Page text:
Clamour for a referendum

The Lisbon Treaty's ratification
 
British public debate on the EU has focused in recent months on the Lisbon Treaty. The central thread running through political and media discussion has been the process of the Treaty's ratification, particularly contentious because of the commitment Mr Blair gave in 2004 to hold a referendum on the Lisbon Treaty’s predecessor, the Constitutional Treaty. Jack Straw MP, then Foreign Secretary, has since conceded that this promise was made to assuage the public "clamour" for a referendum[1]. After the French and Dutch "no" votes, some commentators credited Mr Blair with a tactical success: he had deferred intensive media and political scrutiny of the Constitutional Treaty, perhaps indefinitely, by promising a referendum, correctly calculating that, in the event, it would not be held.
 
The progress made during the German and Portuguese Presidencies towards the agreement of the Lisbon Treaty in December surprised those in the UK who had supposed the Union was in interminable institutional deadlock. Mr Brown did not attend the signing ceremony at which all other heads of government were present, instead signing the Treaty in isolation later that day. Both the pro-European Liberal Democrats and the largely-Eurosceptic Conservative Party criticised Mr Brown for what they saw as an attempt to minimise media coverage of the signing. Mr Blair's commitment to a referendum on the Constitutional Treaty has returned to haunt his successor. The “clamour” for a referendum from much of the national print media remains undiminished.
 
Those in favour of a referendum being held in 2008 have sought to establish the equivalence of the Constitutional and Lisbon Treaties, while the Government has sought to stress the differences between the two; the Lisbon Treaty, according to the Government, falling short of constituting "fundamental constitutional change"[2] and therefore not warranting the holding of a referendum. Ironically, the two treaties are arguably more different from the UK's perspective than from that of other member states, the British opt-in/opt-out over areas of Justice and Home Affairs, for example, having been extended in the Lisbon Treaty. Nonetheless, the unquantifiable nature of the differences between the two treaties ensures that neither side can objectively win an argument of this type. The Lisbon Treaty has, like its predecessors, become the subject of a debate which is a surrogate for Britain's underlying attitude to the European Union; those pressing for a referendum (ostensibly on a "question of trust" in the Government) tending to be those most hostile to the EU's integrative development and Britain's place within it.
 
Correctly surmising that any referendum on the Lisbon Treaty could only ever be fought on the basis of the electorate’s more general appreciation of the Union, the Liberal Democrats have attempted to abstain from the immediate (and potentially politically damaging) debate, calling instead for a referendum at an undefined point in the future on Britain's membership of the EU. The Conservative Party has been silent on what the consequences of a "no" vote to a referendum on the Lisbon Treaty might be, or how a "re-negotiation" of the UK's terms of membership could in these circumstances take place. The Conservatives have also been unwilling to commit to holding a referendum on the Lisbon Treaty in the event of their forming a government in 2010. The main opposition parties are able to take their politically expedient positions safe in the knowledge that a referendum on the Lisbon Treaty will not, in all likelihood, take place.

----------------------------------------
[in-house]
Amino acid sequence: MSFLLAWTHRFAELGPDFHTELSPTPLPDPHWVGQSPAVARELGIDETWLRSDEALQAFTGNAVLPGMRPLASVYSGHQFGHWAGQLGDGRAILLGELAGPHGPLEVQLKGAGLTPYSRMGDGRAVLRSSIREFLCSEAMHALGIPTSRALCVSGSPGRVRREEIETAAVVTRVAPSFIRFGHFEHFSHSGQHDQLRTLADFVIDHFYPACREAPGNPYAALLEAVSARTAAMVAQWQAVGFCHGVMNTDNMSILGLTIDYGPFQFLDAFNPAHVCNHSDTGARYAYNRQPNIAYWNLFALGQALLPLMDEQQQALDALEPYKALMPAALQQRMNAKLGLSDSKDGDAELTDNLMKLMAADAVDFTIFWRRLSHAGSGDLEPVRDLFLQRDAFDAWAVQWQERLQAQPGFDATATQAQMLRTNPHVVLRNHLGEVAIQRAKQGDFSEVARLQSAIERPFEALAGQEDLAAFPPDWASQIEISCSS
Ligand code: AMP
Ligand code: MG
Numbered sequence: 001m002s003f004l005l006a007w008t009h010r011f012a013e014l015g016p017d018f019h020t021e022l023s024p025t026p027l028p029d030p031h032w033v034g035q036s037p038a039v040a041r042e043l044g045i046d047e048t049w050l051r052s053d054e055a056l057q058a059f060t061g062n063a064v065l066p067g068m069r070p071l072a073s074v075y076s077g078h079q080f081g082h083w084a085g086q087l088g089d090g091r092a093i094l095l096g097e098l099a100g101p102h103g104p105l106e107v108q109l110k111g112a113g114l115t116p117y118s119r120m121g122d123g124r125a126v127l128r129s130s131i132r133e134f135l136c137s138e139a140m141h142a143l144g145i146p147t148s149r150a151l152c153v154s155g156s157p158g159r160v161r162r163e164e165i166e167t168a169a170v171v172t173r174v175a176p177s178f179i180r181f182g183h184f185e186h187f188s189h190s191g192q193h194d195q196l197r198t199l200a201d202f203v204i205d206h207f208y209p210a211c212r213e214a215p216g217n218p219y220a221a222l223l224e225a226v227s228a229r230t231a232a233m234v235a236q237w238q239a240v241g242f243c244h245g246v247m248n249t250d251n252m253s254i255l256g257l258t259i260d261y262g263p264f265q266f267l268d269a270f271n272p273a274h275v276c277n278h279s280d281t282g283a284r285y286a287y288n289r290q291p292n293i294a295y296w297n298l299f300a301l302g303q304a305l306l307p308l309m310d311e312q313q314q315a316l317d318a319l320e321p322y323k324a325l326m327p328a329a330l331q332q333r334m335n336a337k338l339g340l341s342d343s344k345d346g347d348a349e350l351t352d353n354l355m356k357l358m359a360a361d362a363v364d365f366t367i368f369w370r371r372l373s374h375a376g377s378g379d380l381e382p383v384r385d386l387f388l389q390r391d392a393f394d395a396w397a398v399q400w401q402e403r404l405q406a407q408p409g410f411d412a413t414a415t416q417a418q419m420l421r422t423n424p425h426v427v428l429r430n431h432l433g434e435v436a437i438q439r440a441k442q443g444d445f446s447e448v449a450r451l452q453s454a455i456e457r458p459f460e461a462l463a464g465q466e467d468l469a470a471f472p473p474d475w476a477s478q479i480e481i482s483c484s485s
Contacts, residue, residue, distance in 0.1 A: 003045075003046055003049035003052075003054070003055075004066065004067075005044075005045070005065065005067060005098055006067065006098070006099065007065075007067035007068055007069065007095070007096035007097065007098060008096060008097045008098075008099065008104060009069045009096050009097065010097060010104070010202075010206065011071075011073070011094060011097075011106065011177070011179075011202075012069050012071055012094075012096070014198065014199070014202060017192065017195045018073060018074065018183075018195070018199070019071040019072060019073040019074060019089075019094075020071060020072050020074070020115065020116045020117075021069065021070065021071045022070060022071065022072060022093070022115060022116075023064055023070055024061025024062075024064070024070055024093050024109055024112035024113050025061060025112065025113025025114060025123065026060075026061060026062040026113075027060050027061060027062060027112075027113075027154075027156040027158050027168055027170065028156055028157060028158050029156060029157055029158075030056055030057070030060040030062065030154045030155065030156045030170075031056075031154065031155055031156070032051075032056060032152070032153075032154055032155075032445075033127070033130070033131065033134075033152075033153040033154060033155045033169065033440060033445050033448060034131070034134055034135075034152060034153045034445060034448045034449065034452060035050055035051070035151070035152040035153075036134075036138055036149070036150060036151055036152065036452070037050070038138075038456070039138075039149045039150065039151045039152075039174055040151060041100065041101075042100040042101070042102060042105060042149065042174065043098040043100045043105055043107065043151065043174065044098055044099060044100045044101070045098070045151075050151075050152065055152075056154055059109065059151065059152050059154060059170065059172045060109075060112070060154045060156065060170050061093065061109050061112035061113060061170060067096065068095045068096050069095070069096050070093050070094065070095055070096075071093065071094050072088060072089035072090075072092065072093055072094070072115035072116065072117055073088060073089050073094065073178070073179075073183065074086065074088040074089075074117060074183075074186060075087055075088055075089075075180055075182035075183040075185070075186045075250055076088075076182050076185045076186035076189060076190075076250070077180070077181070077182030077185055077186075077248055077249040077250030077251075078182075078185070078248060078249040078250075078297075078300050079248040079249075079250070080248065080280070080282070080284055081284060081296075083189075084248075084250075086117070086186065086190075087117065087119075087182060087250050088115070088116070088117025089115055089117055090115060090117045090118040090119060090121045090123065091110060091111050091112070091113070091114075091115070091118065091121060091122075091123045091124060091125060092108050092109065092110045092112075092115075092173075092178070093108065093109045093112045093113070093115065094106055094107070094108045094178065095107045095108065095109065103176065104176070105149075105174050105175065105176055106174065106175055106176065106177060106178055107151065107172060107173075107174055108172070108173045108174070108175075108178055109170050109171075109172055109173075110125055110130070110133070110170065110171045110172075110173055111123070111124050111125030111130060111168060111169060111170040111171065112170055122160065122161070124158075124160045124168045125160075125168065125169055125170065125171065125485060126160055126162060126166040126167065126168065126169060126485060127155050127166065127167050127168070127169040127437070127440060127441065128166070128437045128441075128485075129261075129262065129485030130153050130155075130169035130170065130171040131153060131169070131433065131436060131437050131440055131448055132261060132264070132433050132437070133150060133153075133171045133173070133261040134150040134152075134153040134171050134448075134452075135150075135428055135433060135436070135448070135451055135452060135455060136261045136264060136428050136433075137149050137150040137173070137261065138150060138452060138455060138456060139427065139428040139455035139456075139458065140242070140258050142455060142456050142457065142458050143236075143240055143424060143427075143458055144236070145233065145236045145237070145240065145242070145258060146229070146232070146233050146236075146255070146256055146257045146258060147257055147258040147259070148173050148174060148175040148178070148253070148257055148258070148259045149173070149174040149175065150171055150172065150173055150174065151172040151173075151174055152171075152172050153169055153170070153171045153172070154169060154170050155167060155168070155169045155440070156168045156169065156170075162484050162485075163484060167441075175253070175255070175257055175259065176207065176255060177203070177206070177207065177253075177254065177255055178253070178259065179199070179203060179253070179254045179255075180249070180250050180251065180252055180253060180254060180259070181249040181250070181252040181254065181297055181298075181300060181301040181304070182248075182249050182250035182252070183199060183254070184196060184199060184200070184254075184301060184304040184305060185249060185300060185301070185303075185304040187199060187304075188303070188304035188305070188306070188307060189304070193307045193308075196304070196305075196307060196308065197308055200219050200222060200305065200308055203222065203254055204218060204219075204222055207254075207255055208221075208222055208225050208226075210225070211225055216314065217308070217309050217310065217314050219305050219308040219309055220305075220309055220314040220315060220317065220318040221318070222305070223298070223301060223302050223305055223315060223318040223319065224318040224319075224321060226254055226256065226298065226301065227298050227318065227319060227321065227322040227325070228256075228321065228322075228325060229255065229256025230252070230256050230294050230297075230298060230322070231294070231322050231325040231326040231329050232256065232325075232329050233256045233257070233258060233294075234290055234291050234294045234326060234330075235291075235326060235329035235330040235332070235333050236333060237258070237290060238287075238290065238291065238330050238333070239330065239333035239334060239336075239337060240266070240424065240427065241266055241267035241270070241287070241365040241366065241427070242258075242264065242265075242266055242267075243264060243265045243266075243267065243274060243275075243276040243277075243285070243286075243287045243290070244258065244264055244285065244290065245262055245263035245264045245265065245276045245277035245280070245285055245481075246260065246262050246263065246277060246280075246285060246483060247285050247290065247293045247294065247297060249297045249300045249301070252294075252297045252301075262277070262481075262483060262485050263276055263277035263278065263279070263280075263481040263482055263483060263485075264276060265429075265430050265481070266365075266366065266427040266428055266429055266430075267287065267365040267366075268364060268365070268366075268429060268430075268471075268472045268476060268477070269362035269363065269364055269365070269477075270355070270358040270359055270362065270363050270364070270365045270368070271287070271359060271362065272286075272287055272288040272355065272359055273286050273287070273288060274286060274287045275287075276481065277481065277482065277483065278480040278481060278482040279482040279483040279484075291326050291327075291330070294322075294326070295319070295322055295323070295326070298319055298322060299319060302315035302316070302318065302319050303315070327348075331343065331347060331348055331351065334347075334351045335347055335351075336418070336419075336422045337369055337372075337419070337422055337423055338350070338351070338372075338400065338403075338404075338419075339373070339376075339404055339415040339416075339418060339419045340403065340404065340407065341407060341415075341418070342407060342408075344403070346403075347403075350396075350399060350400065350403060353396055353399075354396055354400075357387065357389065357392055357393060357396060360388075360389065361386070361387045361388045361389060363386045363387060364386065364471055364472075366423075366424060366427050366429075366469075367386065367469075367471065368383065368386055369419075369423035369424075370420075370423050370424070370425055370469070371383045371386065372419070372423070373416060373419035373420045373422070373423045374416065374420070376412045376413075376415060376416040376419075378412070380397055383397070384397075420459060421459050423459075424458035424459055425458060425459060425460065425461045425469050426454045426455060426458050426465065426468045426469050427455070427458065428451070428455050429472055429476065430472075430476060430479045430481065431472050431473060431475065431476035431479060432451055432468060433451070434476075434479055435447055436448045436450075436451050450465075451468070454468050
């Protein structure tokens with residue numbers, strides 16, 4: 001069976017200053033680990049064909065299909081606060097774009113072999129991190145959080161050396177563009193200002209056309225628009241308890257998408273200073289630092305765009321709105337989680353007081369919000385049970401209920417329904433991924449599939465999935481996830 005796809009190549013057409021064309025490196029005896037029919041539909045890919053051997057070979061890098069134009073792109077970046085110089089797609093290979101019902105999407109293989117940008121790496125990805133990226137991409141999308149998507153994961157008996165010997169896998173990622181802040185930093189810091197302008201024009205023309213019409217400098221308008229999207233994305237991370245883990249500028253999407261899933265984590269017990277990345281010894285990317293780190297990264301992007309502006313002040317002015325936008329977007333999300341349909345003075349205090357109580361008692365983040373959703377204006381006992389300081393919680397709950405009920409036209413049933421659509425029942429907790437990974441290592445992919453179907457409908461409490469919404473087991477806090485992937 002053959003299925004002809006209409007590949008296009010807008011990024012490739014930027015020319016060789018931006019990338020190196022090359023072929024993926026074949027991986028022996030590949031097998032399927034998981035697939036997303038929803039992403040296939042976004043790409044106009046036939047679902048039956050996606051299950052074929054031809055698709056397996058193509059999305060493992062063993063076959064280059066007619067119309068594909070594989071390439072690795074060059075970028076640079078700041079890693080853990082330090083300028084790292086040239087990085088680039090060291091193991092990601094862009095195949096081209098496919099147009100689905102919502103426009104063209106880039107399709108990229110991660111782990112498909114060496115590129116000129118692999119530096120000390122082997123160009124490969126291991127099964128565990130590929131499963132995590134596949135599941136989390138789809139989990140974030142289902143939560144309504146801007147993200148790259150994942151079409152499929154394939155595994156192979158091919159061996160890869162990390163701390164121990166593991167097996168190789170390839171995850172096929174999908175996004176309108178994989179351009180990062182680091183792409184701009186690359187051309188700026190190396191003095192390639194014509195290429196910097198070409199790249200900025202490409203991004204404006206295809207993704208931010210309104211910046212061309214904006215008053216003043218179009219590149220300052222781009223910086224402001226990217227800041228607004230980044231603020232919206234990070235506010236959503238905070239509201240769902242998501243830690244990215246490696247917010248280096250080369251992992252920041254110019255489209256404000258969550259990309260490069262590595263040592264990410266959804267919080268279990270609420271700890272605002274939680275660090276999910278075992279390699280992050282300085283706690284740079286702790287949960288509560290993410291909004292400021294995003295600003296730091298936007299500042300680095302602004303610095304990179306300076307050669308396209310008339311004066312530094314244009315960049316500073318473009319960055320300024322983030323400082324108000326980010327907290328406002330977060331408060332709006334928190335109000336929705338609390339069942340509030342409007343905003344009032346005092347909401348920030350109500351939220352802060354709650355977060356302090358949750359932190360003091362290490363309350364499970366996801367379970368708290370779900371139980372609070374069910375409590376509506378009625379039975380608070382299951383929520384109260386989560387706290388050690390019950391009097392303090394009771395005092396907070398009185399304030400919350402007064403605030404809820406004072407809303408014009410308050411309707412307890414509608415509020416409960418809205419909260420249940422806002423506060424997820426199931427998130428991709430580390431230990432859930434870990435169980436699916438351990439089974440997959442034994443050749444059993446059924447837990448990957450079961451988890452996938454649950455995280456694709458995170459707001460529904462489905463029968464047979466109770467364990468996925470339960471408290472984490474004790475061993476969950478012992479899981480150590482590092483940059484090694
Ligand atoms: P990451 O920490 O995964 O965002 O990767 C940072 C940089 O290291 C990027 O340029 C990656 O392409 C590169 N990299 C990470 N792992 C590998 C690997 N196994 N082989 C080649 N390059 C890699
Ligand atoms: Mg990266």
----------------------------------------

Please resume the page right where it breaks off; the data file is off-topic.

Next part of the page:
The law implementing the Lisbon Treaty in the British parliament is currently undergoing a series of debates in the House of Commons, before being subject to a final vote there, and subsequently in the House of Lords. Initial focus settled, in late January, on a proposed amendment to add to the Bill a requirement for a referendum to be held as part of the Treaty's ratification. The 'rebellion' of 18 Labour MPs against the Government in supporting this amendment does not however threaten the vast numerical superiority in the Commons of those supporting ratification without a referendum. It seems unlikely too that the House of Lords, who will start to debate the Bill probably in early March, will constitute a barrier to the Treaty's parliamentary ratification. The Government has nonetheless sought to limit the political damage which it considers general debate on the Treaty in the Commons might cause – first, by structuring debates around specific policy areas, and second, by limiting the period for these debates to 12 days as opposed to the 18 desired by the Opposition.
 
The Committee of the Wise
 
The British Government has publicly committed itself to the view that no substantial new institutional changes can be envisaged in the European Union for a number of years to come. Perhaps in consequence of this attitude, there has been little or no political and public reaction to the establishment of the “Committee of the Wise”. In so far as the Government has expressed a view on the remit of the committee, it is to stress its view that economic reform should be the principal priority of the Union's agenda for the coming decade.


[1] Martin Bright and John Kampfner: Interview: Jack Straw, Published 20 September 2007, available at: (last access: 04.03.2008).

[2] Cf. House of Commons Debate, 21 Jan 2008, available at: (last access: 04.03.2008).